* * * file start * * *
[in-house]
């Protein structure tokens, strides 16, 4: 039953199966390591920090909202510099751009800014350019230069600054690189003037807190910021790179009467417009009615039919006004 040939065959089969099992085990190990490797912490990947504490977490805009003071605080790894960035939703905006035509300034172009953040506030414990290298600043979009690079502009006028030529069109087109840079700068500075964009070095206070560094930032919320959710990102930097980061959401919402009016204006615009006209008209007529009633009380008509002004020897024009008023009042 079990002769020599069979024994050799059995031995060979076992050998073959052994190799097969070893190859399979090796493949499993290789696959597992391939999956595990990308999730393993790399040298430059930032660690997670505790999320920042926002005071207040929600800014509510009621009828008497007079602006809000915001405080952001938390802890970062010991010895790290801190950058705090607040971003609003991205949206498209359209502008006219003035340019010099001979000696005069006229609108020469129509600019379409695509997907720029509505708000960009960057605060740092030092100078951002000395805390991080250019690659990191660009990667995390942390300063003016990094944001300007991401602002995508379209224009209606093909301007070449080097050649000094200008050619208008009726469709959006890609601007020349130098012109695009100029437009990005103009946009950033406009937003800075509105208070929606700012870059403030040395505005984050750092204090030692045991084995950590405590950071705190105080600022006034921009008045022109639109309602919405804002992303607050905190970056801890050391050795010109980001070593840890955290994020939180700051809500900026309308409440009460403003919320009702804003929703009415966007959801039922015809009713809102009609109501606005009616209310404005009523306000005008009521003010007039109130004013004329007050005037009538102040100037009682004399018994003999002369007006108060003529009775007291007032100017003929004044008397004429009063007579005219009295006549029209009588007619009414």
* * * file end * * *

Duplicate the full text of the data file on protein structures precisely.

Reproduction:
[in-house]
């Protein structure tokens, strides 16, 4: 039953199966390591920090909202510099751009800014350019230069600054690189003037807190910021790179009467417009009615039919006004 040939065959089969099992085990190990490797912490990947504490977490805009003071605080790894960035939703905006035509300034172009953040506030414990290298600043979009690079502009006028030529069109087109840079700068500075964009070095206070560094930032919320959710990102930097980061959401919402009016204006615009006209008209007529009633009380008509002004020897024009008023009042 079990002769020599069979024994050799059995031995060979076992050998073959052994190799097969070893190859399979090796493949499993290789696959597992391939999956595990990308999730393993790399040298430059930032660690997670505790999320920042926002005071207040929600800014509510009621009828008497007079602006809000915001405080952001938390802890970062010991010895790290801190950058705090607040971003609003991205949206498209359209502008006219003035340019010099001979000696005069006229609108020469129509600019379409695509997907720029509505708000960009960057605060740092030092100078951002000395805390991080250019690659990191660009990667995390942390300063003016990094944001300007991401602002995508379209224009209606093909301007070449080097050649000094200008050619208008009726469709959006890609601007020349130098012109695009100029437009990005103009946009950033406009937003800075509105208070929606700012870059403030040395505005984050750092204090030692045991084995950590405590950071705190105080600022006034921009008045022109639109309602919405804002992303607050905190970056801890050391050795010109980001070593840890955290994020939180700051809500900026309308409440009460403003919320009702804003929703009415966007959801039922015809009713809102009609109501606005009616209310404005009523306000005008009521003010007039109130004013004329007050005037009538102040100037009682004399018994003999002369007006108060003529009775007291007032100017003929004044008397004429009063007579005219009295006549029209009588007619009414």